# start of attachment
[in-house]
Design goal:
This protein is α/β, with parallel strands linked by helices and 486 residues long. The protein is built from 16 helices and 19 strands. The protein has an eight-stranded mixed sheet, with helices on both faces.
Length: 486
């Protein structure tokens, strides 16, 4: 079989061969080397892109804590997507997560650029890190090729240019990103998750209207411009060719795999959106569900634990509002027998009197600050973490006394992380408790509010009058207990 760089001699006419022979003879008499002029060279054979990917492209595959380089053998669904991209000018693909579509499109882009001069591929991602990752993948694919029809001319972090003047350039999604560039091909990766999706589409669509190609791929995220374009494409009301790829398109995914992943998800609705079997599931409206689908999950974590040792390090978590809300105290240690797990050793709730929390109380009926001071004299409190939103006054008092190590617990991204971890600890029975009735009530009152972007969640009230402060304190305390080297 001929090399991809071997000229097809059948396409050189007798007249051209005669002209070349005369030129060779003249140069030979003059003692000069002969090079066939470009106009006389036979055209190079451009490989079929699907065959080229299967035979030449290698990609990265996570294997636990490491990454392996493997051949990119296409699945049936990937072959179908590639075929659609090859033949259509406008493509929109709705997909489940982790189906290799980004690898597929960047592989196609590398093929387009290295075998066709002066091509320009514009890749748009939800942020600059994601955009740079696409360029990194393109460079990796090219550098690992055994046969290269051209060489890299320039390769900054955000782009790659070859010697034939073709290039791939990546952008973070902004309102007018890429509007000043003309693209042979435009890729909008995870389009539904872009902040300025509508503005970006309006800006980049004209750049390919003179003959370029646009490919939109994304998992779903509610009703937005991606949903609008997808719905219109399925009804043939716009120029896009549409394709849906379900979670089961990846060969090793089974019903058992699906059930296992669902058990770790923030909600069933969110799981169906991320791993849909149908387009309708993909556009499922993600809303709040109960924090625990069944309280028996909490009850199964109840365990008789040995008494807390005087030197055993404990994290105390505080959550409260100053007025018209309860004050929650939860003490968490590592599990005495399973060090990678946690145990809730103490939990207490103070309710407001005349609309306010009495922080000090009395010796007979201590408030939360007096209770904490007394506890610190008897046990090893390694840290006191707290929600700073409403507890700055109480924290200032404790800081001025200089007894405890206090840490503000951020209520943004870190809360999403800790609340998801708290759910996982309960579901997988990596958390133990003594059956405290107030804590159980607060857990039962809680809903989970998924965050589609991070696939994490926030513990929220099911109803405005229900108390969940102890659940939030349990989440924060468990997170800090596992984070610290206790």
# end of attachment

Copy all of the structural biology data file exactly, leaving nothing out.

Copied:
[in-house]
Design goal:
This protein is α/β, with parallel strands linked by helices and 486 residues long. The protein is built from 16 helices and 19 strands. The protein has an eight-stranded mixed sheet, with helices on both faces.
Length: 486
């Protein structure tokens, strides 16, 4: 079989061969080397892109804590997507997560650029890190090729240019990103998750209207411009060719795999959106569900634990509002027998009197600050973490006394992380408790509010009058207990 760089001699006419022979003879008499002029060279054979990917492209595959380089053998669904991209000018693909579509499109882009001069591929991602990752993948694919029809001319972090003047350039999604560039091909990766999706589409669509190609791929995220374009494409009301790829398109995914992943998800609705079997599931409206689908999950974590040792390090978590809300105290240690797990050793709730929390109380009926001071004299409190939103006054008092190590617990991204971890600890029975009735009530009152972007969640009230402060304190305390080297 001929090399991809071997000229097809059948396409050189007798007249051209005669002209070349005369030129060779003249140069030979003059003692000069002969090079066939470009106009006389036979055209190079451009490989079929699907065959080229299967035979030449290698990609990265996570294997636990490491990454392996493997051949990119296409699945049936990937072959179908590639075929659609090859033949259509406008493509929109709705997909489940982790189906290799980004690898597929960047592989196609590398093929387009290295075998066709002066091509320009514009890749748009939800942020600059994601955009740079696409360029990194393109460079990796090219550098690992055994046969290269051209060489890299320039390769900054955000782009790659070859010697034939073709290039791939990546952008973070902004309102007018890429509007000043003309693209042979435009890729909008995870389009539904872009902040300025509508503005970006309006800006980049004209750049390919003179003959370029646009490919939109994304998992779903509610009703937005991606949903609008997808719905219109399925009804043939716009120029896009549409394709849906379900979670089961990846060969090793089974019903058992699906059930296992669902058990770790923030909600069933969110799981169906991320791993849909149908387009309708993909556009499922993600809303709040109960924090625990069944309280028996909490009850199964109840365990008789040995008494807390005087030197055993404990994290105390505080959550409260100053007025018209309860004050929650939860003490968490590592599990005495399973060090990678946690145990809730103490939990207490103070309710407001005349609309306010009495922080000090009395010796007979201590408030939360007096209770904490007394506890610190008897046990090893390694840290006191707290929600700073409403507890700055109480924290200032404790800081001025200089007894405890206090840490503000951020209520943004870190809360999403800790609340998801708290759910996982309960579901997988990596958390133990003594059956405290107030804590159980607060857990039962809680809903989970998924965050589609991070696939994490926030513990929220099911109803405005229900108390969940102890659940939030349990989440924060468990997170800090596992984070610290206790």